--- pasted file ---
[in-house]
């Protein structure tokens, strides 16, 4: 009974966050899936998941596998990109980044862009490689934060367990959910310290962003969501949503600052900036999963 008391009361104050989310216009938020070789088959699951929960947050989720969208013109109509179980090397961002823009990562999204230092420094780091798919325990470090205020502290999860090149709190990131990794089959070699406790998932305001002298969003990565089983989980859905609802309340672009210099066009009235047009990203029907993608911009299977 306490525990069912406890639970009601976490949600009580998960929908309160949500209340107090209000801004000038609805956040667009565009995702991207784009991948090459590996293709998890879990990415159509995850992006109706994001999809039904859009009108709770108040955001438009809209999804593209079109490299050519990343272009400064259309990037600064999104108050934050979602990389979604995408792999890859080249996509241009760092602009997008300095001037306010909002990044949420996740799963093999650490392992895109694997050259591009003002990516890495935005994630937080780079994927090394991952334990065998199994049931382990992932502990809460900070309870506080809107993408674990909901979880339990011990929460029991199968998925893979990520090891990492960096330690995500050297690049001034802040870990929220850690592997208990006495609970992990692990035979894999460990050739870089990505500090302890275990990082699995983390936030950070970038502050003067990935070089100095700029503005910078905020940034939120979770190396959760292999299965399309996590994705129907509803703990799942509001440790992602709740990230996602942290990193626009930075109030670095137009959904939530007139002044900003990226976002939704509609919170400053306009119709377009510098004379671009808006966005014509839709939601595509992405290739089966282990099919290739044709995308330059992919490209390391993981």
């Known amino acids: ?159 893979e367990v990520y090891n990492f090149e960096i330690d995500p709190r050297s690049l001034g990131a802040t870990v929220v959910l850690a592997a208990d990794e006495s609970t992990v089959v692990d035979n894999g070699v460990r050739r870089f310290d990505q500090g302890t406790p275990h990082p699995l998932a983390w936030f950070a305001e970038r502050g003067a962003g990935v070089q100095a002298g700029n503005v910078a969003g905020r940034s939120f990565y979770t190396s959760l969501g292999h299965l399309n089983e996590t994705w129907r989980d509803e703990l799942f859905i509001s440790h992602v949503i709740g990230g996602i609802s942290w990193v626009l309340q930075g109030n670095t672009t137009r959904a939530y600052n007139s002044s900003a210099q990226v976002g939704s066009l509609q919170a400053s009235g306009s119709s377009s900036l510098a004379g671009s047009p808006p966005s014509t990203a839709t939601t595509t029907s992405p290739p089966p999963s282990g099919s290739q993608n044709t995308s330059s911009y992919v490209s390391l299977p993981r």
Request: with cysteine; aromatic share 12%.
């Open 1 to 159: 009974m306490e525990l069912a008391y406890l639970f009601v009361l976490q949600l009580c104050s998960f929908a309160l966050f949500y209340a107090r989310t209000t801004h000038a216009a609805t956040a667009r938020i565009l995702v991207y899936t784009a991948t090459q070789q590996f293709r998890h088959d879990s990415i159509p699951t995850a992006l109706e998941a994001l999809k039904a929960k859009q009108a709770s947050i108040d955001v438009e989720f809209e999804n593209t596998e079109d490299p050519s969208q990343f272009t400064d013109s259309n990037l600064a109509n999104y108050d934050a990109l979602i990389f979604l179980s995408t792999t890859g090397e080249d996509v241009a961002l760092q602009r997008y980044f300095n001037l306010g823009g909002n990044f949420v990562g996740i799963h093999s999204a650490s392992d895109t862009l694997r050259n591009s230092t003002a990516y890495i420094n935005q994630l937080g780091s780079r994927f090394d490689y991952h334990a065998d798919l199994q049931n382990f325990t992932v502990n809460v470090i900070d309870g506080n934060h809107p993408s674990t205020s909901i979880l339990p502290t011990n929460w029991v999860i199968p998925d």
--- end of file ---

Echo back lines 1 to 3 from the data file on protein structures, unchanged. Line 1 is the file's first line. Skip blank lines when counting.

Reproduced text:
[in-house]
């Protein structure tokens, strides 16, 4: 009974966050899936998941596998990109980044862009490689934060367990959910310290962003969501949503600052900036999963 008391009361104050989310216009938020070789088959699951929960947050989720969208013109109509179980090397961002823009990562999204230092420094780091798919325990470090205020502290999860090149709190990131990794089959070699406790998932305001002298969003990565089983989980859905609802309340672009210099066009009235047009990203029907993608911009299977 306490525990069912406890639970009601976490949600009580998960929908309160949500209340107090209000801004000038609805956040667009565009995702991207784009991948090459590996293709998890879990990415159509995850992006109706994001999809039904859009009108709770108040955001438009809209999804593209079109490299050519990343272009400064259309990037600064999104108050934050979602990389979604995408792999890859080249996509241009760092602009997008300095001037306010909002990044949420996740799963093999650490392992895109694997050259591009003002990516890495935005994630937080780079994927090394991952334990065998199994049931382990992932502990809460900070309870506080809107993408674990909901979880339990011990929460029991199968998925893979990520090891990492960096330690995500050297690049001034802040870990929220850690592997208990006495609970992990692990035979894999460990050739870089990505500090302890275990990082699995983390936030950070970038502050003067990935070089100095700029503005910078905020940034939120979770190396959760292999299965399309996590994705129907509803703990799942509001440790992602709740990230996602942290990193626009930075109030670095137009959904939530007139002044900003990226976002939704509609919170400053306009119709377009510098004379671009808006966005014509839709939601595509992405290739089966282990099919290739044709995308330059992919490209390391993981």
């Known amino acids: ?159 893979e367990v990520y090891n990492f090149e960096i330690d995500p709190r050297s690049l001034g990131a802040t870990v929220v959910l850690a592997a208990d990794e006495s609970t992990v089959v692990d035979n894999g070699v460990r050739r870089f310290d990505q500090g302890t406790p275990h990082p699995l998932a983390w936030f950070a305001e970038r502050g003067a962003g990935v070089q100095a002298g700029n503005v910078a969003g905020r940034s939120f990565y979770t190396s959760l969501g292999h299965l399309n089983e996590t994705w129907r989980d509803e703990l799942f859905i509001s440790h992602v949503i709740g990230g996602i609802s942290w990193v626009l309340q930075g109030n670095t672009t137009r959904a939530y600052n007139s002044s900003a210099q990226v976002g939704s066009l509609q919170a400053s009235g306009s119709s377009s900036l510098a004379g671009s047009p808006p966005s014509t990203a839709t939601t595509t029907s992405p290739p089966p999963s282990g099919s290739q993608n044709t995308s330059s911009y992919v490209s390391l299977p993981r």